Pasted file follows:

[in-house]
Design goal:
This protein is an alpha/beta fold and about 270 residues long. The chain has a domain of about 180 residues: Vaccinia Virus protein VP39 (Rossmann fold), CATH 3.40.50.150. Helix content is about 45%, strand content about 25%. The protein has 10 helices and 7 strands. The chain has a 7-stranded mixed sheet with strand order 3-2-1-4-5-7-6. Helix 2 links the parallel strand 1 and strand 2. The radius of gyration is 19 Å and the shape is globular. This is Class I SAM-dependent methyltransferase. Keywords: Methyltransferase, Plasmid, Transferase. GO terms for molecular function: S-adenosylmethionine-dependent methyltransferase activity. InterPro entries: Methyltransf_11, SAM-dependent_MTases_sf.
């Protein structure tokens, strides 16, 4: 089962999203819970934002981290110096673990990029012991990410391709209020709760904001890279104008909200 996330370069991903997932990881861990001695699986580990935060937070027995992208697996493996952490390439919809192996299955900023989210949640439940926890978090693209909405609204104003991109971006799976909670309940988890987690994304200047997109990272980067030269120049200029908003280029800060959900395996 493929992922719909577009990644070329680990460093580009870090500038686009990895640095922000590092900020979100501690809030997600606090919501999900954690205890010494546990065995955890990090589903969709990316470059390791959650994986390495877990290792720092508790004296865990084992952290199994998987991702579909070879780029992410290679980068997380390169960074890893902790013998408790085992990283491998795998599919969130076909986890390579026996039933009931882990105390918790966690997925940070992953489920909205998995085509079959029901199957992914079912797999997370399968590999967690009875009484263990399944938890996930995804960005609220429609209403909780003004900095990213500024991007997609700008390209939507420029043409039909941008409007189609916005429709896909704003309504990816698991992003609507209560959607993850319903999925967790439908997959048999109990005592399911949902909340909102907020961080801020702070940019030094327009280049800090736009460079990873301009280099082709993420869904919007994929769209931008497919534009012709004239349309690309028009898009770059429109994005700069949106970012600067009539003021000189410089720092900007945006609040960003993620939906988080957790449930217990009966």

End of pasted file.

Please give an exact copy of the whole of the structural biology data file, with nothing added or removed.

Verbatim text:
[in-house]
Design goal:
This protein is an alpha/beta fold and about 270 residues long. The chain has a domain of about 180 residues: Vaccinia Virus protein VP39 (Rossmann fold), CATH 3.40.50.150. Helix content is about 45%, strand content about 25%. The protein has 10 helices and 7 strands. The chain has a 7-stranded mixed sheet with strand order 3-2-1-4-5-7-6. Helix 2 links the parallel strand 1 and strand 2. The radius of gyration is 19 Å and the shape is globular. This is Class I SAM-dependent methyltransferase. Keywords: Methyltransferase, Plasmid, Transferase. GO terms for molecular function: S-adenosylmethionine-dependent methyltransferase activity. InterPro entries: Methyltransf_11, SAM-dependent_MTases_sf.
């Protein structure tokens, strides 16, 4: 089962999203819970934002981290110096673990990029012991990410391709209020709760904001890279104008909200 996330370069991903997932990881861990001695699986580990935060937070027995992208697996493996952490390439919809192996299955900023989210949640439940926890978090693209909405609204104003991109971006799976909670309940988890987690994304200047997109990272980067030269120049200029908003280029800060959900395996 493929992922719909577009990644070329680990460093580009870090500038686009990895640095922000590092900020979100501690809030997600606090919501999900954690205890010494546990065995955890990090589903969709990316470059390791959650994986390495877990290792720092508790004296865990084992952290199994998987991702579909070879780029992410290679980068997380390169960074890893902790013998408790085992990283491998795998599919969130076909986890390579026996039933009931882990105390918790966690997925940070992953489920909205998995085509079959029901199957992914079912797999997370399968590999967690009875009484263990399944938890996930995804960005609220429609209403909780003004900095990213500024991007997609700008390209939507420029043409039909941008409007189609916005429709896909704003309504990816698991992003609507209560959607993850319903999925967790439908997959048999109990005592399911949902909340909102907020961080801020702070940019030094327009280049800090736009460079990873301009280099082709993420869904919007994929769209931008497919534009012709004239349309690309028009898009770059429109994005700069949106970012600067009539003021000189410089720092900007945006609040960003993620939906988080957790449930217990009966």